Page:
Spectroscopy ini penting dilakukan ketika kita berhadapan dengan batuan non-shale yang memungkinkan untuk memiliki unsur radioaktif, seperti mineralisasi uranium pada sandstone, potassium feldsfar atau uranium yang mungkin terdapat pada coal dan dolomite.
Gamma ray log memiliki satuan API (American Petroleum Institute), dimana tipikal kisaran API biasanya berkisar antara 0 s/d 150. Walaupun terdapat juga suatu kasus dengan nilai gamma ray sampai 200 API untuk jenis organic rich shale.
Gambar dibawah ini menunjukkan contoh interpretasi lapisan batuan untuk mendiskriminasi sandstone dari shale dengan menggunakan log gamma ray.
Dikarenakan log gamma ray memiliki kapabilitas untuk mengukur derajat kandungan shale di dalam lapisan batuan, maka didalam industri migas gamma ray log kerap kali digunakan untuk memprediksi besaran volume shale atau dikenal dengan Vshale dengan formulasi:
Gamma ray log memiliki kegunaan lain diantaranya untuk melakukan well to well correlation dan penentuan Sequence Boundary (SB), yakni dengan mengidentifikasi Maximum Flooding Surface (MFS) sebagai spike dengan nilai gamma ray yang tinggi. Well to well correlation ini biasanya dilakukan dengan melibatkan log-log yang lainnya seperti sonic, density, porositas, dll.
Agus Abdullah, PhD9:17 PM
Gamma ray logging
From Wikipedia, the free encyclopedia
(Redirected from Gamma Ray Logging)
Example gamma ray log. Blue and black lines indicate the measured gamma rays. Sand section of interest is located at bottom of log where the log moves to the left.
Gamma ray logging is a method of measuring naturally occurring gamma radiation to characterize the rock or sediment in a borehole. It is sometimes used in mineral exploration and water-well drilling, but most commonly for formation evaluation in oil and gas well drilling. Different types of rock emit different amounts and different spectra of natural gamma radiation. In particular, shales usually emit more gamma rays than other sedimentary rocks, such as sandstone, gypsum, salt, coal, dolomite, or limestone because radioactive potassium is a common component in their clay content, and because the cation exchange capacity of clay causes them to adsorb uranium and thorium. This difference in radioactivity between shales and sandstones/carbonate rocks allows the gamma tool to distinguish between shales and non-shales.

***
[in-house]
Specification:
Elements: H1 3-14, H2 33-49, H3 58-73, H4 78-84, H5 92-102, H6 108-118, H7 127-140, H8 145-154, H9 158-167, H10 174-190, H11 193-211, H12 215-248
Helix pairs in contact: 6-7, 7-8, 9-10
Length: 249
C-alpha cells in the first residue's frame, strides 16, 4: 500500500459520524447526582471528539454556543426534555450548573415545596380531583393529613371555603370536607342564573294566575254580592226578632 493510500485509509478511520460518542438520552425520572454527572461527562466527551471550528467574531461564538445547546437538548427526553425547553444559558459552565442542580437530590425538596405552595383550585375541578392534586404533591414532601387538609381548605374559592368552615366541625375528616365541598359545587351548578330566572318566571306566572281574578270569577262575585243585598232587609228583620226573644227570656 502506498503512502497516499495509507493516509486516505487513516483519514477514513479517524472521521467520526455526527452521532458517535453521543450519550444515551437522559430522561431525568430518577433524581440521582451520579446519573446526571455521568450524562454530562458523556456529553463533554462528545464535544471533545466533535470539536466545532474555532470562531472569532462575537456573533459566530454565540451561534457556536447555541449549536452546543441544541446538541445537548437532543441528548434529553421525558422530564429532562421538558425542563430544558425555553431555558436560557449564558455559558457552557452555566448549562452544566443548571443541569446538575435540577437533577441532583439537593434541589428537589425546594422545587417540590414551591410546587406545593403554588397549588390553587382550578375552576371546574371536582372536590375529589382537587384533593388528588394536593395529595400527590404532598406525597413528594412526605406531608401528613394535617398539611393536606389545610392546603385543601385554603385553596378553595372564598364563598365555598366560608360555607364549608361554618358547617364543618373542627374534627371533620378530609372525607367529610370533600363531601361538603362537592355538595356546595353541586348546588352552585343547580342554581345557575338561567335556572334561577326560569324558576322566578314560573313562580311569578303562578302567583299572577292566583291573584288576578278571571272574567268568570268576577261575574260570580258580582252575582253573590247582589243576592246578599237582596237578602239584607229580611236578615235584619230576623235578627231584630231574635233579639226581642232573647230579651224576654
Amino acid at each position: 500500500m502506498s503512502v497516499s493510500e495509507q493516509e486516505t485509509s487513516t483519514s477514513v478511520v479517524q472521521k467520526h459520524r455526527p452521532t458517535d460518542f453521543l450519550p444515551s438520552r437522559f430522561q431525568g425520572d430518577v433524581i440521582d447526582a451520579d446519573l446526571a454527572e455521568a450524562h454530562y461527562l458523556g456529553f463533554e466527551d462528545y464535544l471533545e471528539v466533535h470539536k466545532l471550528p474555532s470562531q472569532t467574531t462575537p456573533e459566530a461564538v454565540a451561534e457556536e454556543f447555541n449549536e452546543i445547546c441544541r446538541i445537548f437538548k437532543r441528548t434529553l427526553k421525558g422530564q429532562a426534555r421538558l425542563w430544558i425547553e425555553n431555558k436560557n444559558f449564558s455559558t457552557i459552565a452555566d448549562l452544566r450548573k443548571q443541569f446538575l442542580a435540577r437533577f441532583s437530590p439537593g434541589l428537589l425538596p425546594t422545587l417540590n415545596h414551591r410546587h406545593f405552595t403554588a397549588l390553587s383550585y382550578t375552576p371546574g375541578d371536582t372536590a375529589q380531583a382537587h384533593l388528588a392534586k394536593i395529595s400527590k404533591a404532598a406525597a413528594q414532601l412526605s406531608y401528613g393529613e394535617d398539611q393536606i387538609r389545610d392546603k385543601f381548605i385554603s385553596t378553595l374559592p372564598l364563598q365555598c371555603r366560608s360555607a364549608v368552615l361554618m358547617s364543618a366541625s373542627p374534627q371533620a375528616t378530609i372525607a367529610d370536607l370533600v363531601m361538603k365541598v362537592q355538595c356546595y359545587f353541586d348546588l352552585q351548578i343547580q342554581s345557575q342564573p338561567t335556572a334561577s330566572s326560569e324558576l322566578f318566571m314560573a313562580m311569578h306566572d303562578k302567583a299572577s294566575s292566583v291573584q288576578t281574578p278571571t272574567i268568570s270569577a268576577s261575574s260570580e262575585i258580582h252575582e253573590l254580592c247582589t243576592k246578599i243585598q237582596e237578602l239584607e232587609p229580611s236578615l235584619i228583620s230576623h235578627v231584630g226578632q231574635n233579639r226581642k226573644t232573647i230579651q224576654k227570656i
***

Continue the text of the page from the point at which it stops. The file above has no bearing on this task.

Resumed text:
The gamma ray log, like other types of well logging, is done by lowering an instrument down the hole and recording gamma radiation at each depth. In the United States, the device most commonly records measurements at 1/2-foot intervals. Gamma radiation is usually recorded in API units, a measurement originated by the petroleum industry. Gamma logs are affected by the diameter of the borehole and the properties of the fluid filling the borehole, but because gamma logs are most often used in a qualitative way, corrections are usually not necessary.
Three elements and their decay chains are responsible for the radiation emitted by rock: potassium, thorium and uranium. Shales often contain potassium as part of their clay content, and tend to absorb uranium and thorium as well. A common gamma-ray log records the total radiation, and cannot distinguish between the radioactive elements, while a spectral gamma ray log (see below) can.
An advantage of the gamma log over some other types of well logs is that it works through the steel and cement walls of cased boreholes. Although concrete and steel absorb some of the gamma radiation, enough travels through the steel and cement to allow qualitative determinations.
Sometimes non-shales also have elevated levels of gamma radiation. Sandstone can contain uranium mineralization, potassium feldspar, clay filling, or rock fragments that cause it to have higher-than usual gamma readings. Coal and dolomite may contain absorbed uranium. Evaporite deposits may contain potassium minerals such as carnallite. When this is the case, spectral gamma ray logging can be done to identify these anomalies.
 Spectral logging
The characteristic gamma ray line that is associated with each component:
- Potassium : Gamma ray energy 1.46 MeV
- Thorium series: Gamma ray energy 2.62 MeV
- Uranium-Radium series: Gamma ray energy 1.76 MeV
 Use in mineral exploration